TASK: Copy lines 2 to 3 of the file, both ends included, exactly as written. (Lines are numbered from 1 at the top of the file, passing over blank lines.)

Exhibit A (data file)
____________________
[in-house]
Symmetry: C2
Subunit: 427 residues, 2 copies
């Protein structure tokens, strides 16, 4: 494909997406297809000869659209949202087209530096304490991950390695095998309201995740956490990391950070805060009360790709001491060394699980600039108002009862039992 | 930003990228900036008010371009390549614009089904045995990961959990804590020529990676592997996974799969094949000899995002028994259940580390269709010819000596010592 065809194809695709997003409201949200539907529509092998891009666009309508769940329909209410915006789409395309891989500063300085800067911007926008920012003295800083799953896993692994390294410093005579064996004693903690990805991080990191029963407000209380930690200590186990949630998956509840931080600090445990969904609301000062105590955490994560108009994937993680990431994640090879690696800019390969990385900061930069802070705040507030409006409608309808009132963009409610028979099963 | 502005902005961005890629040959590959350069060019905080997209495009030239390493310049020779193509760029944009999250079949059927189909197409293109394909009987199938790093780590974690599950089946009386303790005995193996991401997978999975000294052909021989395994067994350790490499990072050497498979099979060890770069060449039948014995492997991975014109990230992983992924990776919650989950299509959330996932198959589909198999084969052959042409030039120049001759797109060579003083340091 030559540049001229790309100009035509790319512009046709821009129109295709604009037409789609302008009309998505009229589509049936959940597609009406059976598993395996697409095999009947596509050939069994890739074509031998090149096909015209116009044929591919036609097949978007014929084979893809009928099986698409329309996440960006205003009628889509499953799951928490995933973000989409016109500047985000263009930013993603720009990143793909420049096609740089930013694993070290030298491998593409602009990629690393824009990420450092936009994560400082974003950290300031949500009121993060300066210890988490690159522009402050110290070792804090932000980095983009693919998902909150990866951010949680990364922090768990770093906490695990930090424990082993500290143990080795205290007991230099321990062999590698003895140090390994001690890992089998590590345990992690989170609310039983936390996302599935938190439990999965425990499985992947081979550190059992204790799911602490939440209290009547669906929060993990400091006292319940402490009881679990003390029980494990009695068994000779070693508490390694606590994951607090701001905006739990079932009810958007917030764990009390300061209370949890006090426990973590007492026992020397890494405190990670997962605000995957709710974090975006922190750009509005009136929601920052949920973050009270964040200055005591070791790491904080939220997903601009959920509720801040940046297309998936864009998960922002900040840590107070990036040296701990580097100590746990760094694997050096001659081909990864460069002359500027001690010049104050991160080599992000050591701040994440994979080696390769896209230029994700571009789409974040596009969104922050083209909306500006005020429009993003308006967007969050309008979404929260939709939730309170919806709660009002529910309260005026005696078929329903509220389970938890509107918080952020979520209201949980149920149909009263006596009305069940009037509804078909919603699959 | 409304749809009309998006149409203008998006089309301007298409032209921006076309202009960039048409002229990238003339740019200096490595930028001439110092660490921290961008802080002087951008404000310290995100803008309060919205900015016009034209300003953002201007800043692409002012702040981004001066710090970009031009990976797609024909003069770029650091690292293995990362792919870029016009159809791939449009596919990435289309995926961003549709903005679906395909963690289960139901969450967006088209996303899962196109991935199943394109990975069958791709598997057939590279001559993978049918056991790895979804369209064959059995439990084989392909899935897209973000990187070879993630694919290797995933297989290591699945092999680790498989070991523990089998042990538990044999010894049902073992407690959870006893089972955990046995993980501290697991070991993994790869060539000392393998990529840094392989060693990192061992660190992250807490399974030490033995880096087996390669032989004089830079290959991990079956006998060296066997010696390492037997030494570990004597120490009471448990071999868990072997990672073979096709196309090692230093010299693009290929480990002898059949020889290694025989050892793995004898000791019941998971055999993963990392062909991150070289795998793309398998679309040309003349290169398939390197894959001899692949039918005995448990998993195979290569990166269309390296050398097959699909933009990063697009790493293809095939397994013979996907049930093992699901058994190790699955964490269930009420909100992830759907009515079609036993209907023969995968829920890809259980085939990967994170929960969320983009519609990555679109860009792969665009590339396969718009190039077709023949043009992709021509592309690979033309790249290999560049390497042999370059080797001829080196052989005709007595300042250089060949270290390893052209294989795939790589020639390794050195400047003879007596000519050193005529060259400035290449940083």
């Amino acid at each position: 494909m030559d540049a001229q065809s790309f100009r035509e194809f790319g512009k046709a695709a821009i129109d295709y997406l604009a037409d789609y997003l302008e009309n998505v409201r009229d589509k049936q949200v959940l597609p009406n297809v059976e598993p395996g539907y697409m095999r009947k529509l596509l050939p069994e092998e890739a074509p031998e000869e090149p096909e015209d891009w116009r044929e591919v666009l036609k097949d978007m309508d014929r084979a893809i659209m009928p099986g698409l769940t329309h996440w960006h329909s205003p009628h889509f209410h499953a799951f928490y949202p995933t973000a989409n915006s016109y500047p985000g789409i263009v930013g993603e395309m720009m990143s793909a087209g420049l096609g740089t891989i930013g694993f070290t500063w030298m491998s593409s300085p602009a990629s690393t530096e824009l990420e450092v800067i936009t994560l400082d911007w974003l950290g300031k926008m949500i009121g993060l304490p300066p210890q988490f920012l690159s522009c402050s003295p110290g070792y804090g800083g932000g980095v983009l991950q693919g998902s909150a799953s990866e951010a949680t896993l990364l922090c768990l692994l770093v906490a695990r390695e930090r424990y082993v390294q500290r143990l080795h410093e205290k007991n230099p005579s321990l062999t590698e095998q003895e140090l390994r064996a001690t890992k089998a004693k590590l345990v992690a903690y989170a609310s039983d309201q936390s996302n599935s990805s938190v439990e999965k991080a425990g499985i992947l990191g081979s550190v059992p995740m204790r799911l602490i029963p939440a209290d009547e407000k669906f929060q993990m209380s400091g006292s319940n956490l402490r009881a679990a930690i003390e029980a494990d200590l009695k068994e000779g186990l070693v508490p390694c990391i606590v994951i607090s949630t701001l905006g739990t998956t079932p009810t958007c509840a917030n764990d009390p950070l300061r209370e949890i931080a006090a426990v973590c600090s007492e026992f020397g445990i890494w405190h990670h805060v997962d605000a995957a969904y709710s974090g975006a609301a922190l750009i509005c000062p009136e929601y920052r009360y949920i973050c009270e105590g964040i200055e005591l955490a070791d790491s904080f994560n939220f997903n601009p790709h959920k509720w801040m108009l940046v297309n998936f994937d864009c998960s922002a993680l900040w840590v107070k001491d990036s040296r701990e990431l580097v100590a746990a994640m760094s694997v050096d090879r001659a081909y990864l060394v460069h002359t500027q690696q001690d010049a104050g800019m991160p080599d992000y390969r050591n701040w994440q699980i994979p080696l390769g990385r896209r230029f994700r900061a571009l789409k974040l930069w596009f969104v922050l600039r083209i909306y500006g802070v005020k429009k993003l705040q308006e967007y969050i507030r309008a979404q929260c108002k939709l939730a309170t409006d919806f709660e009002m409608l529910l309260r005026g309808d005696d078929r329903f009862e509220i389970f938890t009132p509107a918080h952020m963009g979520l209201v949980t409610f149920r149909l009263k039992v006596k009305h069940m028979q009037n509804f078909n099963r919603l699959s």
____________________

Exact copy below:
Symmetry: C2
Subunit: 427 residues, 2 copies